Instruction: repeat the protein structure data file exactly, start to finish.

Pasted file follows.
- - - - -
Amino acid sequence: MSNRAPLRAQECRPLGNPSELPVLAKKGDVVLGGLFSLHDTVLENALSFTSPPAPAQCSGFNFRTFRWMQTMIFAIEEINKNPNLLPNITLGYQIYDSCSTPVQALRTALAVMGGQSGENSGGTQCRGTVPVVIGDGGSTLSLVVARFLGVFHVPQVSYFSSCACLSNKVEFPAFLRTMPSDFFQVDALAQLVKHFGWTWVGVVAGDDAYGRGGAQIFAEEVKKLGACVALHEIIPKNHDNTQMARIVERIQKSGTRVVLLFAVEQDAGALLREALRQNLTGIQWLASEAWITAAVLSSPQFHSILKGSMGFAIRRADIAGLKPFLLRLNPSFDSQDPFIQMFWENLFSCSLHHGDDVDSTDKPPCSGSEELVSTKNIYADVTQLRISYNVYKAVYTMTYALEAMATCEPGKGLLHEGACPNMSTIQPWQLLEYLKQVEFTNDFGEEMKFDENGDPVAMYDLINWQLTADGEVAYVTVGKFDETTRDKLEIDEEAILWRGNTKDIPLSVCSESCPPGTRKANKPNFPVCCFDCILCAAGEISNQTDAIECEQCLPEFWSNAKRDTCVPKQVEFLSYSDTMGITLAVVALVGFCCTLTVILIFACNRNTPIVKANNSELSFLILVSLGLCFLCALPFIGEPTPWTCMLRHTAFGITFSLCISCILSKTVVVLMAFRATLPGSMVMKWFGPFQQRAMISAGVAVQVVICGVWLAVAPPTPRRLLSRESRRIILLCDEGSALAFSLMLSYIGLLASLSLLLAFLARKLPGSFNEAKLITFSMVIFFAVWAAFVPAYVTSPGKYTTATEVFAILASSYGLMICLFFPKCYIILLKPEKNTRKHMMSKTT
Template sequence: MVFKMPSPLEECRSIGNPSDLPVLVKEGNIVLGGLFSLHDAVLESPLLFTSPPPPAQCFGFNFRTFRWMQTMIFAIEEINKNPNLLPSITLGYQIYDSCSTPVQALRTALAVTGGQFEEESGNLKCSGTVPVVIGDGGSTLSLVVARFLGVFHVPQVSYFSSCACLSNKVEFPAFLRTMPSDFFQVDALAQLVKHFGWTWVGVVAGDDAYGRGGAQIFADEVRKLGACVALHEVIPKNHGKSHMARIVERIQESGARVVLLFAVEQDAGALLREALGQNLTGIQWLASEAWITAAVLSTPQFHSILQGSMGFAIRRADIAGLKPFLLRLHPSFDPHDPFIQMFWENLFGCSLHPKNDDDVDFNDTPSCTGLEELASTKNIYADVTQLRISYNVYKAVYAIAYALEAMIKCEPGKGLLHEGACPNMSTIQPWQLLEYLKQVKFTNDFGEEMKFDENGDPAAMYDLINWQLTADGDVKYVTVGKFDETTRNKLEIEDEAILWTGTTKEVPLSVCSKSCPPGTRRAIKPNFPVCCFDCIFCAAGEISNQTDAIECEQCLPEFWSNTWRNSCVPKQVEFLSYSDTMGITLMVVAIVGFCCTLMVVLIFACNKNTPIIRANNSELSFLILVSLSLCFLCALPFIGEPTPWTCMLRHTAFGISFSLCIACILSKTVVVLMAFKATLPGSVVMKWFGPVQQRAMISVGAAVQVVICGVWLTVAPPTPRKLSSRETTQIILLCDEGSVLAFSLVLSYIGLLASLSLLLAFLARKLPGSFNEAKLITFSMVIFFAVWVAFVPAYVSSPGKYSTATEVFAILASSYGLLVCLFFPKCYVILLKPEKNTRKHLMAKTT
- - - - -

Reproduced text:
Amino acid sequence: MSNRAPLRAQECRPLGNPSELPVLAKKGDVVLGGLFSLHDTVLENALSFTSPPAPAQCSGFNFRTFRWMQTMIFAIEEINKNPNLLPNITLGYQIYDSCSTPVQALRTALAVMGGQSGENSGGTQCRGTVPVVIGDGGSTLSLVVARFLGVFHVPQVSYFSSCACLSNKVEFPAFLRTMPSDFFQVDALAQLVKHFGWTWVGVVAGDDAYGRGGAQIFAEEVKKLGACVALHEIIPKNHDNTQMARIVERIQKSGTRVVLLFAVEQDAGALLREALRQNLTGIQWLASEAWITAAVLSSPQFHSILKGSMGFAIRRADIAGLKPFLLRLNPSFDSQDPFIQMFWENLFSCSLHHGDDVDSTDKPPCSGSEELVSTKNIYADVTQLRISYNVYKAVYTMTYALEAMATCEPGKGLLHEGACPNMSTIQPWQLLEYLKQVEFTNDFGEEMKFDENGDPVAMYDLINWQLTADGEVAYVTVGKFDETTRDKLEIDEEAILWRGNTKDIPLSVCSESCPPGTRKANKPNFPVCCFDCILCAAGEISNQTDAIECEQCLPEFWSNAKRDTCVPKQVEFLSYSDTMGITLAVVALVGFCCTLTVILIFACNRNTPIVKANNSELSFLILVSLGLCFLCALPFIGEPTPWTCMLRHTAFGITFSLCISCILSKTVVVLMAFRATLPGSMVMKWFGPFQQRAMISAGVAVQVVICGVWLAVAPPTPRRLLSRESRRIILLCDEGSALAFSLMLSYIGLLASLSLLLAFLARKLPGSFNEAKLITFSMVIFFAVWAAFVPAYVTSPGKYTTATEVFAILASSYGLMICLFFPKCYIILLKPEKNTRKHMMSKTT
Template sequence: MVFKMPSPLEECRSIGNPSDLPVLVKEGNIVLGGLFSLHDAVLESPLLFTSPPPPAQCFGFNFRTFRWMQTMIFAIEEINKNPNLLPSITLGYQIYDSCSTPVQALRTALAVTGGQFEEESGNLKCSGTVPVVIGDGGSTLSLVVARFLGVFHVPQVSYFSSCACLSNKVEFPAFLRTMPSDFFQVDALAQLVKHFGWTWVGVVAGDDAYGRGGAQIFADEVRKLGACVALHEVIPKNHGKSHMARIVERIQESGARVVLLFAVEQDAGALLREALGQNLTGIQWLASEAWITAAVLSTPQFHSILQGSMGFAIRRADIAGLKPFLLRLHPSFDPHDPFIQMFWENLFGCSLHPKNDDDVDFNDTPSCTGLEELASTKNIYADVTQLRISYNVYKAVYAIAYALEAMIKCEPGKGLLHEGACPNMSTIQPWQLLEYLKQVKFTNDFGEEMKFDENGDPAAMYDLINWQLTADGDVKYVTVGKFDETTRNKLEIEDEAILWTGTTKEVPLSVCSKSCPPGTRRAIKPNFPVCCFDCIFCAAGEISNQTDAIECEQCLPEFWSNTWRNSCVPKQVEFLSYSDTMGITLMVVAIVGFCCTLMVVLIFACNKNTPIIRANNSELSFLILVSLSLCFLCALPFIGEPTPWTCMLRHTAFGISFSLCIACILSKTVVVLMAFKATLPGSVVMKWFGPVQQRAMISVGAAVQVVICGVWLTVAPPTPRKLSSRETTQIILLCDEGSVLAFSLVLSYIGLLASLSLLLAFLARKLPGSFNEAKLITFSMVIFFAVWVAFVPAYVSSPGKYSTATEVFAILASSYGLLVCLFFPKCYVILLKPEKNTRKHLMAKTT